January 11, 2008

Reflections on First World Contemporary Art

This is much belated. I’ve been having trouble with chronicling my life recently, for reasons I won’t discuss here. But it looks like cath up is coming at me. So here goes. This blog will not be only about Guatemala. I’ll also be catching up on stories of the past month, as they bubble up in my mind. Poof.

While I was home, I spent an afternoon at the Modern art Museum of Montreal. It was... odd. Modern art always does that to me. Three artists were presenting. A Brazilian whose art is basically... err.. huge pictures of representations made of epheremeal material. That's the best way I can put it. There was a Raft of the Medusa, in chocolate sauce. Weird.

But anyway, what he had to say about his work was this: "The object in the picture seemed to satisfy an eternal longing for its own sublimation. A body, freed from infinit materiality, meeting its own spirit." This is a note he made on a series called Individuals, basically 60 sculptures made of plasticine, though he recycled the material, so one had to be destroyed for the creation of the next one to be possible. So I guess, in his case, the final work of art was the photograph. That was the original. The things the human mind can come up with. Maybe I should start making strange, very odd things with paper clips and quit my day job. Or maybe not.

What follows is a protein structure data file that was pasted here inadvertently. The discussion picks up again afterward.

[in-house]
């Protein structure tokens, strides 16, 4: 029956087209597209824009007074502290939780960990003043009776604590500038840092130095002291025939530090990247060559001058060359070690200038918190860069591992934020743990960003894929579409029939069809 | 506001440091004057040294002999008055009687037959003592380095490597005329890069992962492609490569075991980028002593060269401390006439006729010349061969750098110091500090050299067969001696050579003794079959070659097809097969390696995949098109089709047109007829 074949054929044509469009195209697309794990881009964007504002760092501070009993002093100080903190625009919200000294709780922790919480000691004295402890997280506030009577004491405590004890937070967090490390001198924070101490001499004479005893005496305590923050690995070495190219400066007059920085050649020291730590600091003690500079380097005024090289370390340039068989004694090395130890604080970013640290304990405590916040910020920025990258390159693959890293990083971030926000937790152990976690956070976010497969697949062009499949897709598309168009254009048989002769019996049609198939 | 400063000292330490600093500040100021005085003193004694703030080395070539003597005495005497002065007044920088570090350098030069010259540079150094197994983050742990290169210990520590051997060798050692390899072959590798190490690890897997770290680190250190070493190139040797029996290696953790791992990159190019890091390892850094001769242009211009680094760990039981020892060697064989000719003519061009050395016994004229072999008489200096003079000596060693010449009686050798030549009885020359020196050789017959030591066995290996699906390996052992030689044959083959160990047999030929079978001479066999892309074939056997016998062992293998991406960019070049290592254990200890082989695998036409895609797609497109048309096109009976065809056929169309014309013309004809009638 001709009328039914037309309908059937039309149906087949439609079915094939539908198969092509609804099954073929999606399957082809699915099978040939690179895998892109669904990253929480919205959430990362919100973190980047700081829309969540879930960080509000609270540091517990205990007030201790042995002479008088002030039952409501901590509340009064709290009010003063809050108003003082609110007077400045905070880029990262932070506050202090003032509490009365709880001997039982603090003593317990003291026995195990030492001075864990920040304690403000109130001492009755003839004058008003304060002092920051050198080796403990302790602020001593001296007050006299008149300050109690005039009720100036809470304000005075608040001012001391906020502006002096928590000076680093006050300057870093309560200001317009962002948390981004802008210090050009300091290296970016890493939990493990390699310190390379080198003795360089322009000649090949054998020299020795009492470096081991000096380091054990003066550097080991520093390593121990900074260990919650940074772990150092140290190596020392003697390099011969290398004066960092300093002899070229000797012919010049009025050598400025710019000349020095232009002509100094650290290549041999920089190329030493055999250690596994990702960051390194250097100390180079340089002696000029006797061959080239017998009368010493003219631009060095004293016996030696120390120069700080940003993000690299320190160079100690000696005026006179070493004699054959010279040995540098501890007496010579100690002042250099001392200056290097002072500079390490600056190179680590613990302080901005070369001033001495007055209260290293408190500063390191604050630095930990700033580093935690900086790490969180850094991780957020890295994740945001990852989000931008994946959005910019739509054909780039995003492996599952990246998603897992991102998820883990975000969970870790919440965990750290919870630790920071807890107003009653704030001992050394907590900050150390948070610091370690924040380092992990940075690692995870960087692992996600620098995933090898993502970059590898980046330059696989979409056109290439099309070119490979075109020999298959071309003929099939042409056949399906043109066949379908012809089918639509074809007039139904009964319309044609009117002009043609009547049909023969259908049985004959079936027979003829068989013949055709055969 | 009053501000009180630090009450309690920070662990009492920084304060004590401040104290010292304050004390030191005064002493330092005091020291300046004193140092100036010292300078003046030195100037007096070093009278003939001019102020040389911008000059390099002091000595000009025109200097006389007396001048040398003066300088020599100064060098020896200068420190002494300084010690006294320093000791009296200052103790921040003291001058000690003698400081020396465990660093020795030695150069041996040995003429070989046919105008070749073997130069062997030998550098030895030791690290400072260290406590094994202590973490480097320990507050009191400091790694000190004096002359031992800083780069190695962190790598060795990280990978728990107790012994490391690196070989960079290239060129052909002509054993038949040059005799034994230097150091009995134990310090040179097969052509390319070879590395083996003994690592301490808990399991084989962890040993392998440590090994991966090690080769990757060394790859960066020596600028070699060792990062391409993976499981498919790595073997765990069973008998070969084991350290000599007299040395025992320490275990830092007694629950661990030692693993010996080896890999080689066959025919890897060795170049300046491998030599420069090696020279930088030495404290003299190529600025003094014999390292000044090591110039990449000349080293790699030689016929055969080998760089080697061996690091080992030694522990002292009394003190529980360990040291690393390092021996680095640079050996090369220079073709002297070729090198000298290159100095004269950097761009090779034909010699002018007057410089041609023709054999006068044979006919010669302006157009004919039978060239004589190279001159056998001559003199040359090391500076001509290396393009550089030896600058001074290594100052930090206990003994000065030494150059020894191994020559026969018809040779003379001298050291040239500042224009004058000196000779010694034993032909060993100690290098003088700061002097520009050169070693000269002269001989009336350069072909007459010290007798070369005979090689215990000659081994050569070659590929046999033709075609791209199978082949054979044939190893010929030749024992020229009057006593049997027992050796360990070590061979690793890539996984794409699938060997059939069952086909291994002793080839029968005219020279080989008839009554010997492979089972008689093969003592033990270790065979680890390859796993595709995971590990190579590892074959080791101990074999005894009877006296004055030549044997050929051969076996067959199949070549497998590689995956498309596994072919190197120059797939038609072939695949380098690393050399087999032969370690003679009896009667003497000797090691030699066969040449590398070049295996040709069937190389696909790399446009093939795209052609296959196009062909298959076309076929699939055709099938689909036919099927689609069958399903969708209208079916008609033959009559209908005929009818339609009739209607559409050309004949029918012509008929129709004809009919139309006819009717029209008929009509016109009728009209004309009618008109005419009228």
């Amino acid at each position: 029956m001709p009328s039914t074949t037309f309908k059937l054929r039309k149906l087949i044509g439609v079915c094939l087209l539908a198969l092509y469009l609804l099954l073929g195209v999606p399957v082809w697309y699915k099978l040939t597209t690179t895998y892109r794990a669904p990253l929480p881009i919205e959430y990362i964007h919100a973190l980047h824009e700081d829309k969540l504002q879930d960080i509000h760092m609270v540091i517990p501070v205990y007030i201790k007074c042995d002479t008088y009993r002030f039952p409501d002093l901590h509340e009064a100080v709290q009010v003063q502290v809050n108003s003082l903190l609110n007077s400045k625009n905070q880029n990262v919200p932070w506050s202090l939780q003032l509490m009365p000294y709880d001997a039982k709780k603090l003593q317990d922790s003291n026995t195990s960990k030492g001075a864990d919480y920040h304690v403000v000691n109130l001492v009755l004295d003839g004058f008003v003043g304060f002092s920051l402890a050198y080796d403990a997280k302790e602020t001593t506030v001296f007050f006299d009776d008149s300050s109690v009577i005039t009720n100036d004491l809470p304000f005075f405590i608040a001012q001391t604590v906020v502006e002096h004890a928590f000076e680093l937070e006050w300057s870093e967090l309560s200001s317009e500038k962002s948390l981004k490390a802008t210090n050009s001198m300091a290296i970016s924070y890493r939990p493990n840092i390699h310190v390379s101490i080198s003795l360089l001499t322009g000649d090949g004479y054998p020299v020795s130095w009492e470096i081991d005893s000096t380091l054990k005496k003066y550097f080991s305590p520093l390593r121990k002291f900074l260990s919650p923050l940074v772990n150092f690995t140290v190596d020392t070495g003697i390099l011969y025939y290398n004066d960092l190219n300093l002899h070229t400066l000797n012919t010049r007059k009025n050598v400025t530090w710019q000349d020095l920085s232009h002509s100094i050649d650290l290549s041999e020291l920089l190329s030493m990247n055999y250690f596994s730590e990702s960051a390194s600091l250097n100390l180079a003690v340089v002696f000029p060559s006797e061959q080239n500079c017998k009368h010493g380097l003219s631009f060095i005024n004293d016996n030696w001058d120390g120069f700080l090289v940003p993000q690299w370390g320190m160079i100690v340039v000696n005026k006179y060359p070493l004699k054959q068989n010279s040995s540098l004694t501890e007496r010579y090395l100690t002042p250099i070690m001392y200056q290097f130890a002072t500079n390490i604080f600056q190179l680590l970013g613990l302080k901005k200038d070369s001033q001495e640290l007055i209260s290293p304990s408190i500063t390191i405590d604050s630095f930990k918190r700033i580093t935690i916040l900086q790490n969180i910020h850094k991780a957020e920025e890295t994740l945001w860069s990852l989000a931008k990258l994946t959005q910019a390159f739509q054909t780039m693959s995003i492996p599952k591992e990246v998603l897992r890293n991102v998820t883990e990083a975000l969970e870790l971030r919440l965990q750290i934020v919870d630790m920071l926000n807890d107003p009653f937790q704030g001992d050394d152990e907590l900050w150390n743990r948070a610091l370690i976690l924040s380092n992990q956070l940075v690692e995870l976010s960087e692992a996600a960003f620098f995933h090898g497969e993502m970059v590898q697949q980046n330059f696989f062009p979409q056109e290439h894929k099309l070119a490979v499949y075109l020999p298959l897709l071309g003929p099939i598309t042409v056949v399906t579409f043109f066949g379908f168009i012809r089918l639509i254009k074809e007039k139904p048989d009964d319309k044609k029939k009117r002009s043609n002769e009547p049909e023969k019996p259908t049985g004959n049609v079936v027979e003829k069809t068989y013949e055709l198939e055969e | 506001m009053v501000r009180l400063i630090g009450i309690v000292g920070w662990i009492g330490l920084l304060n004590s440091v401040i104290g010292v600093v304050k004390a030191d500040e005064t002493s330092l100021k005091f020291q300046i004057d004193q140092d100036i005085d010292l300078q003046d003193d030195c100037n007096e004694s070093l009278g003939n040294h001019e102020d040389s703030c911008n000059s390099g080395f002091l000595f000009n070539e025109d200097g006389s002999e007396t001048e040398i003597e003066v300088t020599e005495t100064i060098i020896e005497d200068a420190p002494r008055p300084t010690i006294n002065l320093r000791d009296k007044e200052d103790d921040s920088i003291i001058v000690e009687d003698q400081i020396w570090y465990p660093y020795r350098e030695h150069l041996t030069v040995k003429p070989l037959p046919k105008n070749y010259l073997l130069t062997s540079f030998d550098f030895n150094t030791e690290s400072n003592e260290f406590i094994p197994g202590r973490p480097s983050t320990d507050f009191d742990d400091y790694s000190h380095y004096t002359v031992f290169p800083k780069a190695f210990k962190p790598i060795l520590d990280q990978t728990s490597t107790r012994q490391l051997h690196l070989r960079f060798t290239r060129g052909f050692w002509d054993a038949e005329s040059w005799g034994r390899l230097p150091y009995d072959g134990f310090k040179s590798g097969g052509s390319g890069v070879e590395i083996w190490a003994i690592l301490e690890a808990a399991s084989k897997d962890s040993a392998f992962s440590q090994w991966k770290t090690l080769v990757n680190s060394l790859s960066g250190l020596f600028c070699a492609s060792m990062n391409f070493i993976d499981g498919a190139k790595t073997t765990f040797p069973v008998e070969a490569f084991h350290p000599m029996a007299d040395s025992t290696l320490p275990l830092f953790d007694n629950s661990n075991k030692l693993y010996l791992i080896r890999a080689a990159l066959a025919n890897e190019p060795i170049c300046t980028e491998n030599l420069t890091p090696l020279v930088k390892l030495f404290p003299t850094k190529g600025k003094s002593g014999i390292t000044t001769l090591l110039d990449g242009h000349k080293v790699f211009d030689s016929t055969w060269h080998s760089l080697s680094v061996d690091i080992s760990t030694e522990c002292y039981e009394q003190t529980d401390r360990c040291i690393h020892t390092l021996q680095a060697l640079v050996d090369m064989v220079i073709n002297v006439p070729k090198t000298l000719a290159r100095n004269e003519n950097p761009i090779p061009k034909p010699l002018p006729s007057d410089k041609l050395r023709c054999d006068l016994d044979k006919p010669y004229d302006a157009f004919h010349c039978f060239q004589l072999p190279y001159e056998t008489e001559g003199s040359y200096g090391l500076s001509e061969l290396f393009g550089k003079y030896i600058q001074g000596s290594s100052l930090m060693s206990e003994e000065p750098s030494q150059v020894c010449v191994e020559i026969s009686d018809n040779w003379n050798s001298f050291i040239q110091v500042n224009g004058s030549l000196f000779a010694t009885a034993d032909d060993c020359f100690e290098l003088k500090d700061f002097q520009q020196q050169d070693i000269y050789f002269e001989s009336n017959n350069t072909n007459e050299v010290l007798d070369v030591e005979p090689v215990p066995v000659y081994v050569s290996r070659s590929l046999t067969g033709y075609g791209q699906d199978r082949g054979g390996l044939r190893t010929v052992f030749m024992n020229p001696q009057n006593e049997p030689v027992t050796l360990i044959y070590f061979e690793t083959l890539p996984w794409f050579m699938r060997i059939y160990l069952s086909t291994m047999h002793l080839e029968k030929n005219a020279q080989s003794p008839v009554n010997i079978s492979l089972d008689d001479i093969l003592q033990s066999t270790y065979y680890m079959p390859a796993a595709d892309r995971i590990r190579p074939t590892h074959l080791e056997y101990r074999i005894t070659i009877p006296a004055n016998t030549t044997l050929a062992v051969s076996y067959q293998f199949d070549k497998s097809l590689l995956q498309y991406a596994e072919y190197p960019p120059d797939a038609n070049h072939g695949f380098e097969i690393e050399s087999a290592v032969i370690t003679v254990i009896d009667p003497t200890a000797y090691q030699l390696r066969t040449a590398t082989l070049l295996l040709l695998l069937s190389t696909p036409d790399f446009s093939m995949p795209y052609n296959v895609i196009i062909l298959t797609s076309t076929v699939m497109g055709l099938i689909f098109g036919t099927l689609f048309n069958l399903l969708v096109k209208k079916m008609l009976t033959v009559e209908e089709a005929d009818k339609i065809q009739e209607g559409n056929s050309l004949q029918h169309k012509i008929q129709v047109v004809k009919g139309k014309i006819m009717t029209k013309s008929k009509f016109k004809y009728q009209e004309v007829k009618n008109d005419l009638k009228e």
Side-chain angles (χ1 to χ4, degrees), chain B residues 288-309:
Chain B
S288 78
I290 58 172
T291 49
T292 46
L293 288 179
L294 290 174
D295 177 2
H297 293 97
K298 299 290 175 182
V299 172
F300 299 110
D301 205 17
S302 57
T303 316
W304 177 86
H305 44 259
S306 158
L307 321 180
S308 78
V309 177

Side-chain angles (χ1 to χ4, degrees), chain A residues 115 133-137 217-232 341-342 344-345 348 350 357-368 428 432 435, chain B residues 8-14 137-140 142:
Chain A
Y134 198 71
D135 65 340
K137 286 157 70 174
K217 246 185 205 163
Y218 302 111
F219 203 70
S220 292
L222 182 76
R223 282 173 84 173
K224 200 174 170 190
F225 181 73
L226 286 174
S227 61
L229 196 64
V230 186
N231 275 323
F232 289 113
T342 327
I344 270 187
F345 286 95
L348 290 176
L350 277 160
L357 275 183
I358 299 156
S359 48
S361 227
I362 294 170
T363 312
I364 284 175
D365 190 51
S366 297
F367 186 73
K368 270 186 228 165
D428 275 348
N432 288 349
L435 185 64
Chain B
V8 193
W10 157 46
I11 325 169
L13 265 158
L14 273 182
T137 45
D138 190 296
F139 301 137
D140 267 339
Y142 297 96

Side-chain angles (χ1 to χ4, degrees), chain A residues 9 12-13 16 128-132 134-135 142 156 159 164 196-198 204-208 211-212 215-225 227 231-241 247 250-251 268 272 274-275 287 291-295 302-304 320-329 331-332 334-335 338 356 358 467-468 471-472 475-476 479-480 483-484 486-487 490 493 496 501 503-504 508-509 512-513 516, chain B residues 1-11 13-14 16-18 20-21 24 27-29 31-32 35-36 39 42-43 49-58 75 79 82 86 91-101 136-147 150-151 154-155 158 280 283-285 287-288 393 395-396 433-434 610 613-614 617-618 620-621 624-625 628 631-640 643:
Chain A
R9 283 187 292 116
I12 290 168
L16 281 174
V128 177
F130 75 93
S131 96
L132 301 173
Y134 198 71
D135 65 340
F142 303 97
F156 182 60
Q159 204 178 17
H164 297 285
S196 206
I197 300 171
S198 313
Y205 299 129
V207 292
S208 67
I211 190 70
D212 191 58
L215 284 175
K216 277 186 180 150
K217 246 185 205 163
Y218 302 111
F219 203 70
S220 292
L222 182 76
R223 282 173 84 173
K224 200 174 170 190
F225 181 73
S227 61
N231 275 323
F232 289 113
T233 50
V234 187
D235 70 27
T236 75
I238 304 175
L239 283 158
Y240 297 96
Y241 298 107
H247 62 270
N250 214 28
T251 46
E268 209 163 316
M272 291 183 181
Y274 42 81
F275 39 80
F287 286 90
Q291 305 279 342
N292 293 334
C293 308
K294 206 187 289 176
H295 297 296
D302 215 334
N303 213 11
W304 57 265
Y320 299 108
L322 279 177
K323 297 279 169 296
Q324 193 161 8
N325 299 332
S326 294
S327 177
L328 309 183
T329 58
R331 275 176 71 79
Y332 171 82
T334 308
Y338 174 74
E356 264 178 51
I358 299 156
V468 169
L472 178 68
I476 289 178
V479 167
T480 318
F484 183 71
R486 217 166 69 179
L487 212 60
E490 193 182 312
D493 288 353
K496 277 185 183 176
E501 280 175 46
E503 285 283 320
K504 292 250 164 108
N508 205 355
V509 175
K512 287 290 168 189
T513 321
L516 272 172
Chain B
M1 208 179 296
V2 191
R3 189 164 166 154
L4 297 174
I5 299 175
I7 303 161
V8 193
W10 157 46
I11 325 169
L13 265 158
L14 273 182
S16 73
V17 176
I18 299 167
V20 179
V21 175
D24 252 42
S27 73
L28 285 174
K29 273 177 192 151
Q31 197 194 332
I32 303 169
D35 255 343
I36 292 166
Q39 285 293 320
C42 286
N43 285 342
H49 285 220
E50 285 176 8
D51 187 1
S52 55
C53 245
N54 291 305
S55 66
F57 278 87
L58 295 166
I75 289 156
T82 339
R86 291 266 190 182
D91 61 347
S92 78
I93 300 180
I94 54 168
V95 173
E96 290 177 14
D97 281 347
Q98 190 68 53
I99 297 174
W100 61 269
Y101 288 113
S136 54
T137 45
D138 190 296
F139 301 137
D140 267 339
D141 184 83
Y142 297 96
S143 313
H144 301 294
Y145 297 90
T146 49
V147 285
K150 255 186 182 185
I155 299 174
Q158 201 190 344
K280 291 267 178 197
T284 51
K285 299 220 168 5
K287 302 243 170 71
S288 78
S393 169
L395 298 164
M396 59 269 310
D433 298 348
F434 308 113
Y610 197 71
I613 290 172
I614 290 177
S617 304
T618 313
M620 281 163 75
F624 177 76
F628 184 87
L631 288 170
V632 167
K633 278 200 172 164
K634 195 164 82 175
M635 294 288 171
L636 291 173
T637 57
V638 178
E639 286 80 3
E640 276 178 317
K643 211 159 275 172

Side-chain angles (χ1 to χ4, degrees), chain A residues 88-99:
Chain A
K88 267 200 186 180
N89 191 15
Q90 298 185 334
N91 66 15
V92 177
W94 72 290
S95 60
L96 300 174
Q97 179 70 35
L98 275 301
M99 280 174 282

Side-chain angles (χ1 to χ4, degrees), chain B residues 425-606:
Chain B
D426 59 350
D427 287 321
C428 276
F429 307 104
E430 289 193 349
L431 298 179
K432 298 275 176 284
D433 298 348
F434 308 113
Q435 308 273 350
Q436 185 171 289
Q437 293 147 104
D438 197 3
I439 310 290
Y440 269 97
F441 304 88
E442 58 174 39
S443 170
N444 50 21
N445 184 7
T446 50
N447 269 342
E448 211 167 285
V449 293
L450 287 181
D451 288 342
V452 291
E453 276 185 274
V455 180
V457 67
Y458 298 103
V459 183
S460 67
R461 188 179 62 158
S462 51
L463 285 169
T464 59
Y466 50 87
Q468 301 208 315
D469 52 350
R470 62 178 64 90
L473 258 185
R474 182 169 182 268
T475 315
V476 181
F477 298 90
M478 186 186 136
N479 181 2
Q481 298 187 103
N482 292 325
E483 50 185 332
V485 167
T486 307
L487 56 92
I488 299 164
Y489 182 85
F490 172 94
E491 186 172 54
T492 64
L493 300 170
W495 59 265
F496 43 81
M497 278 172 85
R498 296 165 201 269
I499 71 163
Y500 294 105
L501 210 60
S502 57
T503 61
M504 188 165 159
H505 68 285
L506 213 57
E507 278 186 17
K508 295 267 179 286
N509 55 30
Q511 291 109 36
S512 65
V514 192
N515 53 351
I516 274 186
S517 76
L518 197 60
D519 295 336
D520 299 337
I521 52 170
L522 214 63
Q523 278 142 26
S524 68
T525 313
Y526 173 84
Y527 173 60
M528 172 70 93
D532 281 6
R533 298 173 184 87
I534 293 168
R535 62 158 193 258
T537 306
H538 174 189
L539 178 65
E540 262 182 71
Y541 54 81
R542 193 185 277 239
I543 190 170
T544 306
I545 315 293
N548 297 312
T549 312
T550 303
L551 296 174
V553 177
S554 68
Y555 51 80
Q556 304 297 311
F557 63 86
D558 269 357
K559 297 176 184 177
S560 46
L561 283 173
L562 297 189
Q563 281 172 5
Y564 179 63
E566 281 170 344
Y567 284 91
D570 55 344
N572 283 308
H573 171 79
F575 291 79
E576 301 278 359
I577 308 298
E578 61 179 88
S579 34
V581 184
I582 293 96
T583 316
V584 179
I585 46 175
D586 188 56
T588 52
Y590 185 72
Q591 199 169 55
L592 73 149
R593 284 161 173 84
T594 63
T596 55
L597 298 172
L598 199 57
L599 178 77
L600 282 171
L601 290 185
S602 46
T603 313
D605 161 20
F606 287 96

There was also a German fellow called Tomas Hirschhorn who exposed a... gods, I don't even know how to describe it. A giant set that I guess would qualify as a sculpture, except it took a whole room. The darn thing (I didn't like it, it was grisly, disturbing, depressing) was an allegory for globalization, I guess. I still took notes on it, at the time, wanting to discuss them with you - then, well, life got in the way. But here they are.

So... the thing is called Jumbo Spoons and Big Cake, and the "big cake" is our society of excessive consumption, while the "jumbo spoons" represent 12 twentieth-century utopias that have failed, in the artist's view. Examples include Fashion, Rosa Luxemburg, Degenerate Art, Rolex, the Chicago Bulls, the Moon, Nietzche, China, Venice. You know, I think in theory, I agree with him. But the presentation itself was... yuck.

Anyway, he did say something that I liked : "I realized that I had to make the choice to be an artist because only as an artist could I be totally responsible for what I did. The decision to be an artist is the decision to be free. Freedom is the condition of responsibility."

I guess I liked it because it resonated with me. I feel the need to be free. I'm slowly learning to accept to take this responsibility.

The Beaver
My guest map is wonderful ! And you'd all be wonderful to post, all of you lurk mode readers!
Thanks and may the winds of Fate blow your way !

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